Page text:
Areas of Interest:
(1) A study of chemical gradients in coexisting Basaltic and Trondhjemitic Magmas. We have discovered a xenolith of Na-rich Lockatong argillite that fused around its margins when immersed in the magma of the Palisades Sill. The complex chemistry of the fusion zone, now represented as a pyroxene trondhjemite, indicated diffusion of ions across the liquid liquid interface. Slices, cut perpendicular to the long axis of a core containing the 200 million year old contiguous rocks, were chemically analyzed for major, minor, and trace elements including REE's. What are the relative diffusivities of these ions in the coexisting melts? Why didn't the two melts physically mix?
(2) The petrogenesis of leucocratic dike-like rocks in the Palisades Sill, and Laurel Hill intrusive. Our chemical data, including chondrite-normalized REE plots, indicate that
many of the leucocratic dikes in these intrusives are derived from fused sediment, and are not differentiates of the Palisades magma, or any other basaltic magma. We are interested in understanding the physiochemical factors that play a role in sediment fusion.
(3) Environmental GIS(Geographical Information Systems) studies of Staten Island: i.e., Ground water studies, surface water studies, soil, and rock studies; slope studies, and cancer studies.
(4) Pedagogy: Improving laboratory instruction by using the latest technology and innovative methods.


Mike Brown is a professor of planetary astronomy at the California Institute of Technology and has been on the faculty there since 1996. He specializes in the discovery and study of bodies at the edge of the solar system. Among his numerous scientific accomplishments, he is best known for his discovery of Eris, the largest object found in the solar system in 150 years, and the object which led to the debate and eventual demotion of Pluto from a real planet to a dwarf planet. Feature articles about Brown and his work have appeared in the New Yorker, the New York Times, and Discover, and his discoveries have been covered on front pages of countless newspapers worldwide. In 2006 he was named one of Time magazine's 100 Most Influential People as well as one of Los Angeles magazine's Most Powerful Angelinos. He has authored nearly 100 scientific papers, and his writing has appeared in such venues as the New York Times, Physics Today, and the World Book Science Year. He is a frequent invited lecturer at astronomical meetings as well as at science museums, planetariums, and college campuses. At Caltech he teaches undergraduate and graduate students, in classes ranging from introductory geology to the formation and evolution of the solar system. He was especially pleased by his most recent honor, the Richard P. Feynman Award for Outstanding Teaching at Caltech. Brown received his AB from Princeton in 1987, and then his MA and PhD from University of California, Berkeley, in 1990 and 1994, respectively. He has won several awards and honors for his scholarship, including the prestigious Urey Prize for best young planetary scientist from the American Astronomical Society's Division of Planetary Sciences; a Presidential Early Career Award; a Sloan Fellowship; and, of course, the one that started his career, an honorable mention in his fifth-grade science fair. He was also named one of Wired Online's Top Ten Sexiest Geeks in 2006, the mention of which never ceases to make his wife laugh.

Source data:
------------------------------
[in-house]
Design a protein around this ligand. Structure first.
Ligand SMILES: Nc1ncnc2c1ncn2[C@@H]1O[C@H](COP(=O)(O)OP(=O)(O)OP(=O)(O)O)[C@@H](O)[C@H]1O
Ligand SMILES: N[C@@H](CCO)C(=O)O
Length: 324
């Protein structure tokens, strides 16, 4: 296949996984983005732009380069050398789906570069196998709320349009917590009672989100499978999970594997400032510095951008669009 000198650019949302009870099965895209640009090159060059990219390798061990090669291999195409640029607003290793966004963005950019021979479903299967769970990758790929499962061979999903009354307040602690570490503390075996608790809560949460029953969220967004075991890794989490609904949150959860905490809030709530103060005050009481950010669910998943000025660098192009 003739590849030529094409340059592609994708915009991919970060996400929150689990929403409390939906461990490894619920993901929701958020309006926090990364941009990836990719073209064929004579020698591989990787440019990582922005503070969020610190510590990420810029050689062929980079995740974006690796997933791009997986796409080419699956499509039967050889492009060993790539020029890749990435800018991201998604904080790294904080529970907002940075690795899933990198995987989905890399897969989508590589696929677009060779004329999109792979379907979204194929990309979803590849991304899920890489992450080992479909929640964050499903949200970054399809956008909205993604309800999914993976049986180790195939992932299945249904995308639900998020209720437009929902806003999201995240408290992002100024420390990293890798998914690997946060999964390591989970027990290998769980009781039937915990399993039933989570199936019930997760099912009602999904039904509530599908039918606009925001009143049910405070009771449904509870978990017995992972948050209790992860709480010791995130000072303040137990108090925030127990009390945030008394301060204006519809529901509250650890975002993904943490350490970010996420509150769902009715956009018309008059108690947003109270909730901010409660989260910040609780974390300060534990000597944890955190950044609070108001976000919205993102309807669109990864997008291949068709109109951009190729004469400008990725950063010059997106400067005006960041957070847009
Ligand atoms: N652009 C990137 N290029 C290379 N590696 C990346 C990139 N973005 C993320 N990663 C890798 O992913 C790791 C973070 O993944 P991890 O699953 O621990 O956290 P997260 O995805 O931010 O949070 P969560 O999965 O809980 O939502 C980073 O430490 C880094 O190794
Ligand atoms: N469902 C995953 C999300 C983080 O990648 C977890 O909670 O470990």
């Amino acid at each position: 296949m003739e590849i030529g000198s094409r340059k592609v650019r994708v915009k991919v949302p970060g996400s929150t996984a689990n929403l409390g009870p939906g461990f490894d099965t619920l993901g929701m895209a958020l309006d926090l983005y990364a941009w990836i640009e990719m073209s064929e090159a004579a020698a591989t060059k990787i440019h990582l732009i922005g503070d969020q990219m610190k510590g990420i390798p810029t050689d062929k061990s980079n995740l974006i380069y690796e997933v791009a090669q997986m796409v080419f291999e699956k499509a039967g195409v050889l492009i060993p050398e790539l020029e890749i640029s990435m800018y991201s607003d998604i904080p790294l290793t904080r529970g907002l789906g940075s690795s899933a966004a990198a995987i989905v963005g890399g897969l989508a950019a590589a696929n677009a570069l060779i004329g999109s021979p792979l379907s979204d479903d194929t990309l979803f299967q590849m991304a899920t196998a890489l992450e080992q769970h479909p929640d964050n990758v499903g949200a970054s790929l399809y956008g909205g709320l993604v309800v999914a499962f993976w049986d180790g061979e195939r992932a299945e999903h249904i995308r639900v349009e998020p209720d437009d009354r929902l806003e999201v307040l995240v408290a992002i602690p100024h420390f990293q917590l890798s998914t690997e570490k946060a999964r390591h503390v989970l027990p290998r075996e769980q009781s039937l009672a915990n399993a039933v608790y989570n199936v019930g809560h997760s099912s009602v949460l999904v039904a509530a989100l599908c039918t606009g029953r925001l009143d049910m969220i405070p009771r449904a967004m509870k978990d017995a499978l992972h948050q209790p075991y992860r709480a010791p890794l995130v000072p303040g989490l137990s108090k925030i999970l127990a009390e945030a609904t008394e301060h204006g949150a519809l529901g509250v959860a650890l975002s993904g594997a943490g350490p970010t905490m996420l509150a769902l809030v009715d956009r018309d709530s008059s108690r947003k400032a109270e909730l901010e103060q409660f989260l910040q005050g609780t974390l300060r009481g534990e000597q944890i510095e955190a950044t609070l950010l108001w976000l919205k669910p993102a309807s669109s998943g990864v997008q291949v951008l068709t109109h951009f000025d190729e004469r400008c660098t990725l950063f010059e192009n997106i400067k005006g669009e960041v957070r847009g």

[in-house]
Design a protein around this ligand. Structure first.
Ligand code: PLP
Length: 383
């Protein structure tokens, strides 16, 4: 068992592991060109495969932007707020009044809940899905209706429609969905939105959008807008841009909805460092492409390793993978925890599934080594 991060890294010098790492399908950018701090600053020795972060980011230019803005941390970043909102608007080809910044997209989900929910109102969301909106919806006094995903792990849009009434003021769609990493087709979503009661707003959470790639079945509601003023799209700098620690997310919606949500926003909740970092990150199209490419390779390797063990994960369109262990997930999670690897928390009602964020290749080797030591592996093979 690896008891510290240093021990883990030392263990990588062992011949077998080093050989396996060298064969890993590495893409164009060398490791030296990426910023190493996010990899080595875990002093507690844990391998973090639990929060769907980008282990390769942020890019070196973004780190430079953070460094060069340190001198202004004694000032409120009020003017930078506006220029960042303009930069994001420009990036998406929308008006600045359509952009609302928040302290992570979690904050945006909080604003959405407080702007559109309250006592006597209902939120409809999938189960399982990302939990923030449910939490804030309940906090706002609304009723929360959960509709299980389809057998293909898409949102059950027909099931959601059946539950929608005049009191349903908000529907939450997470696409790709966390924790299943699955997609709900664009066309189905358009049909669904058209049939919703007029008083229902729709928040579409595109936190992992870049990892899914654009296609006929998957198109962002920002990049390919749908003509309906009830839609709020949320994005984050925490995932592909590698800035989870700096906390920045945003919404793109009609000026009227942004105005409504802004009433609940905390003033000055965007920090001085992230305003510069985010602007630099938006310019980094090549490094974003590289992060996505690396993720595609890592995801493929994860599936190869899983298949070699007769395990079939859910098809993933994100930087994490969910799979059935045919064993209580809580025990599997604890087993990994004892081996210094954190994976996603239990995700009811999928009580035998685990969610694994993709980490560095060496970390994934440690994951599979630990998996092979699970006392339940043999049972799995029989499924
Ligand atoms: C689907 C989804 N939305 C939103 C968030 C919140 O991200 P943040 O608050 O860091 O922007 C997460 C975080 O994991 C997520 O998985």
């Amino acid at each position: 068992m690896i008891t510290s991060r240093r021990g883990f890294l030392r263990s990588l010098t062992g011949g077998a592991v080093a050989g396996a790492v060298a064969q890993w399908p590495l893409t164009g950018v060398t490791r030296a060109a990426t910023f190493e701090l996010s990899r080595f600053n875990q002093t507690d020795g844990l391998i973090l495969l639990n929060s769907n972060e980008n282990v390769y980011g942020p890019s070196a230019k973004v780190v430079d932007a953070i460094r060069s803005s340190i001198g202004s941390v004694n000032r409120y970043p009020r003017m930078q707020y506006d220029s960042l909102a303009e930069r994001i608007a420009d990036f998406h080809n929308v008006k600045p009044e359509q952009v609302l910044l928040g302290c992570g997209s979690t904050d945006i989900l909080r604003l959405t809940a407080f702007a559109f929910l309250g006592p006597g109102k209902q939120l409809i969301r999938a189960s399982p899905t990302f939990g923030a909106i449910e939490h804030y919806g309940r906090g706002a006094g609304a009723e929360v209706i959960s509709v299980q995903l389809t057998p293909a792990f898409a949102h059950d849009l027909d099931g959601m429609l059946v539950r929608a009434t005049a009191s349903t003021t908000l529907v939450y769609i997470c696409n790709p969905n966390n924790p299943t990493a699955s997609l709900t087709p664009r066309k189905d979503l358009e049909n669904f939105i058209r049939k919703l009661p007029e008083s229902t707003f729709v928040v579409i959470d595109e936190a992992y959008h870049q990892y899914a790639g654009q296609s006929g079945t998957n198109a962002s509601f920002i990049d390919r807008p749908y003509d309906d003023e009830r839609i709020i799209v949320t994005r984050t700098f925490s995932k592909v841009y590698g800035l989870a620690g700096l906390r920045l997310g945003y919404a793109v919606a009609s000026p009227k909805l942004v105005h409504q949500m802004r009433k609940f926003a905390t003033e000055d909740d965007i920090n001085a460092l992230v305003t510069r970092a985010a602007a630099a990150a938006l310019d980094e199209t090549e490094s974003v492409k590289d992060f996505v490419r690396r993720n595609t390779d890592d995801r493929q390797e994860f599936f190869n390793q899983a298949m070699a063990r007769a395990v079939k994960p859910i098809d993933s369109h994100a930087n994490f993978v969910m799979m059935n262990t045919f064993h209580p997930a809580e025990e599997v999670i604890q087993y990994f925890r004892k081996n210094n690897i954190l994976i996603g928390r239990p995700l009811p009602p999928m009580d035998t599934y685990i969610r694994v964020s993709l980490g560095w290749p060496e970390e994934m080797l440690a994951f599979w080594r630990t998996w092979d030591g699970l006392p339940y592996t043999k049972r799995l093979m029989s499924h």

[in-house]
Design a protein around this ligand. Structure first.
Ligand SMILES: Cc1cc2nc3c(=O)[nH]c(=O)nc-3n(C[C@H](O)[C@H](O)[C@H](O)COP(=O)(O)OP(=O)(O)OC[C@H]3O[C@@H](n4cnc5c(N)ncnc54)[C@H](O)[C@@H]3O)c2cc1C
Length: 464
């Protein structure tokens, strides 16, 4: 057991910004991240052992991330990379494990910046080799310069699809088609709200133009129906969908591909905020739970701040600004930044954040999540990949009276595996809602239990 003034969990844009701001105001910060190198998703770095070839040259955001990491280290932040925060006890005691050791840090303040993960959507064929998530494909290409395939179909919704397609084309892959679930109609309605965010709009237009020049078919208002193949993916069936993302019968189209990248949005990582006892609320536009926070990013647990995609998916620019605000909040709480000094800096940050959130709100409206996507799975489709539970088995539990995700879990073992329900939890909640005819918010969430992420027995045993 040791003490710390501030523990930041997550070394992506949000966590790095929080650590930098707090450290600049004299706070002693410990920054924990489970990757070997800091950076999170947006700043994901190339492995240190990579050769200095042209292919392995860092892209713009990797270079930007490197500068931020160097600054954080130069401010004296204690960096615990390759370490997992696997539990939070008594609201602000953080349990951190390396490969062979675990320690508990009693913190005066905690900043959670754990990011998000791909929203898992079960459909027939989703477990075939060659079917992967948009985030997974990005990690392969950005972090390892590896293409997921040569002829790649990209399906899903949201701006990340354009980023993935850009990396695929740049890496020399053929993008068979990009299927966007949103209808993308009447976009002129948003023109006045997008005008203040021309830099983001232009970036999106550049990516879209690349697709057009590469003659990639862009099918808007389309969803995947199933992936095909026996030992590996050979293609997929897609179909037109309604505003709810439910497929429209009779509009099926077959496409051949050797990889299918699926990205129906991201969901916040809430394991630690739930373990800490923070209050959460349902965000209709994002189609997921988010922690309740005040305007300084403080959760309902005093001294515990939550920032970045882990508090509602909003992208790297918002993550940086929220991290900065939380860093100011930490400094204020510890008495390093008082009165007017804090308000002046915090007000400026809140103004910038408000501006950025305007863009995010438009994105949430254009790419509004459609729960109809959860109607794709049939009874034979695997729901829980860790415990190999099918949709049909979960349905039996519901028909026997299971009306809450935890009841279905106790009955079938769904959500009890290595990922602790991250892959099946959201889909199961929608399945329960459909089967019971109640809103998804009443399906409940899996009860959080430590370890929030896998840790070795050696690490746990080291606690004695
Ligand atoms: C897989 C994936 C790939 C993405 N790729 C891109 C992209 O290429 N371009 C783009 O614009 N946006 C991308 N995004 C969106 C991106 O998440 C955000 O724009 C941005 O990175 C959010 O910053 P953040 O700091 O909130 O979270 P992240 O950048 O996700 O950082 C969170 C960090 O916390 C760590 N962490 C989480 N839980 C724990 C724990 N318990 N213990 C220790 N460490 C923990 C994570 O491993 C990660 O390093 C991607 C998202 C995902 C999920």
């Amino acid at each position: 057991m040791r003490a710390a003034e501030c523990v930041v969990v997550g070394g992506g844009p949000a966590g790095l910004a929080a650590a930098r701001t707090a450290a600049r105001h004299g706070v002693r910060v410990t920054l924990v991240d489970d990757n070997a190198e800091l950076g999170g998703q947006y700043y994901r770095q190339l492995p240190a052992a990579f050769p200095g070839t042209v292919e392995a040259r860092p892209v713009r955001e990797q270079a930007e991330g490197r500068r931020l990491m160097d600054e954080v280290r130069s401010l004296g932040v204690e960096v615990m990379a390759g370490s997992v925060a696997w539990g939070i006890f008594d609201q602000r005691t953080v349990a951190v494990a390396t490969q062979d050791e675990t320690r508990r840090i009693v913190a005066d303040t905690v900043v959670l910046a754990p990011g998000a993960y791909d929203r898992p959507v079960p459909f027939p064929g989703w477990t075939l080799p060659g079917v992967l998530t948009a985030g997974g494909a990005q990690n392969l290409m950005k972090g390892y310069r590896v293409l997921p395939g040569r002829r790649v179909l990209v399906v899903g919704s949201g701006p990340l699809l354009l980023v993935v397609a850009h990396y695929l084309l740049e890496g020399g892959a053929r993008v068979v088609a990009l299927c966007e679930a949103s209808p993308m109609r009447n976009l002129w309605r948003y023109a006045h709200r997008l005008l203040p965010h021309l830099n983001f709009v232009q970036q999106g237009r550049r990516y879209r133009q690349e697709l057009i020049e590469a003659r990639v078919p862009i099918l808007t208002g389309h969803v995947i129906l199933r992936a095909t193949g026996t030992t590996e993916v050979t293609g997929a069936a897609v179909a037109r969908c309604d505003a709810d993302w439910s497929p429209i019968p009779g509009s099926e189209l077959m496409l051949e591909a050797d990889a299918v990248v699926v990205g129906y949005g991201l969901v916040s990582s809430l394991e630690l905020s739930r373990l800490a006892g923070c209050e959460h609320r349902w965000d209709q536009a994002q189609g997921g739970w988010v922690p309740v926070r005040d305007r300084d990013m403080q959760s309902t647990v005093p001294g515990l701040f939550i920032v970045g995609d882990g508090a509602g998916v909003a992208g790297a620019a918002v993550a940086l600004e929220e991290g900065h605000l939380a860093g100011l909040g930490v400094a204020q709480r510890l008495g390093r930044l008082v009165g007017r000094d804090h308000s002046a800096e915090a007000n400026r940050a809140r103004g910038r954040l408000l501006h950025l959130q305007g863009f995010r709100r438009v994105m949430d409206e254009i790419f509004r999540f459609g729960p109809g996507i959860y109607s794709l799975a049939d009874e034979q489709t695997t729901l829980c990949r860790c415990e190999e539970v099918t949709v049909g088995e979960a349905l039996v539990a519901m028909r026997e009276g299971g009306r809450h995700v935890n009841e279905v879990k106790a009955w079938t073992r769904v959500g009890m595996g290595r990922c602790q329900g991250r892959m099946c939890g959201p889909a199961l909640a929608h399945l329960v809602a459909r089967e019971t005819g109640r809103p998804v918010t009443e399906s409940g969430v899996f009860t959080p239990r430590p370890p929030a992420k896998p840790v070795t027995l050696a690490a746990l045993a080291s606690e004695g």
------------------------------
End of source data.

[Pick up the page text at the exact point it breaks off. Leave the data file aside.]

Dr. Rosaly M. C. Lopes is a Senior Research Scientist at NASA's Jet Propulsion Laboratory, where she is also Lead Scientist for Geophysics and Planetary Geosciences. Dr. Lopes was born and raised in Rio de Janeiro, Brazil, where she grew up by the famous Ipanema Beach. She moved to London, England, to study astronomy at the University of London, from where she graduated in 1978. For her doctoral studies, she specialized in planetary geology and volcanology and completed her Ph. D. in Planetary Science in 1986. Her major research interests are in planetary and terrestrial geology and volcanology. During her Ph.D. she traveled extensively to active volcanoes, particularly Mount Etna in Sicily, and became a member of the U.K.’s Volcanic Eruption Surveillance Team. Dr. Lopes joined JPL as National Research Council Fellow in 1989 and, in 1991, became a member of the Galileo Flight Project, a mission to Jupiter. She was responsible for observations of Jupiter’s volcanic moon Io from 1996 to 2001, using Galileo’s Near-infrared mapping spectrometer. During this exciting period of her career, she discovered 71 active volcanoes on Io, for which she was honored in the 2006 edition of the Guinness Book of World Records as the discoverer of the most active volcanoes anywhere.


Geoff Marcy is one of the pioneers and leaders in the discovery and characterization of planets around other stars. He and his collaborators have discovered nearly half of the 350 known exoplanets. They found the first system of multiple planets around a normal (main sequence) star, the first Saturn-mass planet, the first Neptune-like planet, and the first transiting planet (a co-discovery with T.Brown and D.Charbonneau). His group is now searching for Earth-like planets, using three techniques: 1) NASA's Kepler Mission to detect transiting earth-like planets 2) A new telescope and spectrometer at Lick Observatory designed by Steve Vogt to survey the nearest stars 3) NASA's future "Space Interferometry Mission" (SIM). Marcy has won several awards including the Shaw Prize (2005, shared with M.Mayor), Discover Magazine Space Scientist of the Year (2003), the NASA Medal for Exceptional Scientific Achievement (2003), California Scientist of the Year (2000), Beatrice Tinsley prize from the American Astronomical Society (2002), and membership in the U.S. National Academy of Sciences (2002). He does education and outreach for science, which included a guest appearance on the David Letterman Late Show (11 April 2001). He has over 350 publications in refereed journals. He currently is mentoring the research of two undergraduates, one graduate student, and one postdoc.


Ph.D. (Cambridge Univ., UK), Joint appointment as Professor in the Oceanography and Atmospheric Sciences departments of University of Washington, Seattle, USA. Member of the National Academy of Sciences, and Fellow of the American Academy of Arts and Sciences, American Geophysical Union and the American Meteorological Society. Former Guggenheim Fellow, Cambridge University.